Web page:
by Mike Halpin —
The current narrative being advanced by those on the ideological left is that the majority of Americans have been asleep, or maybe sleepwalking, socially speaking. Like Neo in The Matrix, what we thought was reality was in fact a dream. The general assumption that Americans of all stripes were free to pursue life, liberty, and happiness in a society as just as fallen humanity can reasonably supply has been determined to be a dream, a fabrication, a lie from which we must be saved.
Enter our social saviors, the woke purveyors of fully awake social justice. The claims of this alert elect are vast, deep, and wide, and what follows is not a broad analysis or a deep defense of alternative views, but a brief summary on some of the important points. Here’s to being truly aware, alert, and alive.
The dynamics regarding wokeness in our culture look an awful lot like the reeducation performed under Mao in China a generation ago.
The communists were the new priesthood/proletariat. They defined what was holy and what taboo and deficient. They required confession of sin from individuals, which really meant agreeing with everything they said. They required individuals to indict or accuse others to purge the body politic of any and all who weren’t saying the same things about the new way forward.
Wokeness assumes justice is possible in the same world and system that crucified Jesus; this is an impossibility at a notable scale. Justice in any ultimate sense can only be defined by God and can only be brought about by God. All systems of justice and attempts at justice are necessarily partial, incomplete, and imperfect. See Thomas Sowell’s The Quest for Cosmic Justice (1999).
What one group may call justice may be seen by another group as injustice; think of abortion. Pro-abortionists believe killing unborn children represents justice while pro-lifers believe abortion to be anathema to justice. Until Jesus rules, who defines justice and by what criteria? Those holding dissenting views will always be crying “injustice” to the larger cultural morality.
Cultures are an irreducible component of any identifiable group. In the large sense culture is not necessarily and inherently good or bad, but part of the outlook, priorities, and means of expression a group has come to over a period of time. In this large sense culture is amoral. (Morality informs culture but not all components of culture are inherently and equally moral: types of food, styles of housing, etc.)
It’s possible to appreciate varying cultures without having to pit one against another.
Some cultures will be dominant to others. This could be through conquest, assimilation, or simply through numeric representation. To say a culture is dominant is not to make a moral determination but a descriptive one. A dominant culture may be more or less moral, but its dominance isn’t inherently a moral question or attribute.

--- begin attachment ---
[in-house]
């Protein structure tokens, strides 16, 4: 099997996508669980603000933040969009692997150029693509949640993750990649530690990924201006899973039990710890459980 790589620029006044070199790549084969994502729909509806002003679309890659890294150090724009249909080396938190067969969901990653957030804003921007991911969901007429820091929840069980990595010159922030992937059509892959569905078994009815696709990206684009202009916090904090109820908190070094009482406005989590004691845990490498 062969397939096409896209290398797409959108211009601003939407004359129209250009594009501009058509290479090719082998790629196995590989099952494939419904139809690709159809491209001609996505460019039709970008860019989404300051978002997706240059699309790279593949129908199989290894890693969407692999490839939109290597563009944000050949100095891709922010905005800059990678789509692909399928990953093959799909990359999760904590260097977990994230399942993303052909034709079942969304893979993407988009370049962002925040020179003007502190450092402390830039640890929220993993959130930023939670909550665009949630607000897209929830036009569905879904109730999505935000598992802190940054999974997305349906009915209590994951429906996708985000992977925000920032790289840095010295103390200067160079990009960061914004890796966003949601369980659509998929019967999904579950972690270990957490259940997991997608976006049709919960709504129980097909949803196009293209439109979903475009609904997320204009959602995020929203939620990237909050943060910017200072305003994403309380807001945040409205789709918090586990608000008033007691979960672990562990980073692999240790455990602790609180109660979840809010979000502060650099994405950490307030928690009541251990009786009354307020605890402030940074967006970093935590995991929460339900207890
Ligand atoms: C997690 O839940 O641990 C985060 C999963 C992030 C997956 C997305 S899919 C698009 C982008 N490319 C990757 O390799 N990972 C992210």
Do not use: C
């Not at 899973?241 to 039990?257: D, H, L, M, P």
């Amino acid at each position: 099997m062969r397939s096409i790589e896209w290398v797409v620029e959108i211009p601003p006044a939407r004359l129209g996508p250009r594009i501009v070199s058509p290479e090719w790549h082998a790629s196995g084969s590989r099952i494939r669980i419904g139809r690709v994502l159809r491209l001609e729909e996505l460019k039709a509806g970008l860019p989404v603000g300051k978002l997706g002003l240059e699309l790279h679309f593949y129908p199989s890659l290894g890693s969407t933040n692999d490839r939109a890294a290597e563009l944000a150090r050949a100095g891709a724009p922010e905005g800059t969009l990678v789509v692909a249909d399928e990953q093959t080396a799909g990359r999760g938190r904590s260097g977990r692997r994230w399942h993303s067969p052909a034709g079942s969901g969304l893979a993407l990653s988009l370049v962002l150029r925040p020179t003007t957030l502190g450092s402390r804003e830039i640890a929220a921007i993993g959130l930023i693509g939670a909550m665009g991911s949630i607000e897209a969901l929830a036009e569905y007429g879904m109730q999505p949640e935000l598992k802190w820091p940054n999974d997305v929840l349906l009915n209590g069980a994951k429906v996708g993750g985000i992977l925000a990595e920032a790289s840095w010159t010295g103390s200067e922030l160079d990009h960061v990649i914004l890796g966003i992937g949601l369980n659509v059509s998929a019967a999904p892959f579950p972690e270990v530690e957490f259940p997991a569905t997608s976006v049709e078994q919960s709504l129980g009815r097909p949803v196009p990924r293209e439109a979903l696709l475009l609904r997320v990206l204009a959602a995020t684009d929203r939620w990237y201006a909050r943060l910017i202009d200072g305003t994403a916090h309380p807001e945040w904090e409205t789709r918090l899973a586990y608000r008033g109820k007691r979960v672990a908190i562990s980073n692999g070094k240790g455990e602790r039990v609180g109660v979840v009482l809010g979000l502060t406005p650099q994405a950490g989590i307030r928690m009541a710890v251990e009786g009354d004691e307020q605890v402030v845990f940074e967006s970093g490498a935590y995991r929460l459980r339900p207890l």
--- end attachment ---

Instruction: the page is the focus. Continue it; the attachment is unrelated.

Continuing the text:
A person from another/minority culture living in a dominant culture will have to, by necessity, and to one degree or another, accommodate the greater culture in order to live within it. This isn’t a moral issue but a practical one.
A person from the dominant culture is no more responsible to be aware of all the particularities and life experiences of a minority culture in order to live justly and morally than a person from a minority culture is to know the particularities of every other minority culture.
The Church, as the real Body of Christ in the world, and in whatever geography and culture any portion of the Church is located, is by definition a minority group and culture within the larger cultural setting it inhabits. (It might be argued that the professing Church was the dominant culture in some times and places past—thinking of Europe and Geneva specifically—but those settings are anomalies, and the professing Church groups were clearly larger than the real Body of Christ.)
The Church may, through love of God and neighbor, seek to influence the dominant culture toward greater morality, but it does so as a minority influence. The Church is not the dominant culture, doesn’t speak for the dominant culture, and can’t be held responsible for the dominant culture.
Christ calls his own to love their neighbor, not a culture, be it their own or another. Individuals can do right by and can live justly with other individuals, but they don’t have influence or power to do so to “cultures.”
All cultures are temporary expressions of fallen humanity’s tastes, values, desires, and preferences. Only when the kingdoms of this world have become the kingdom of our God and of his Christ will any/all cultures be able to reflect true justice, as well as every other expression of God’s goodness in the varied arenas of life God has blessed his image bearers with.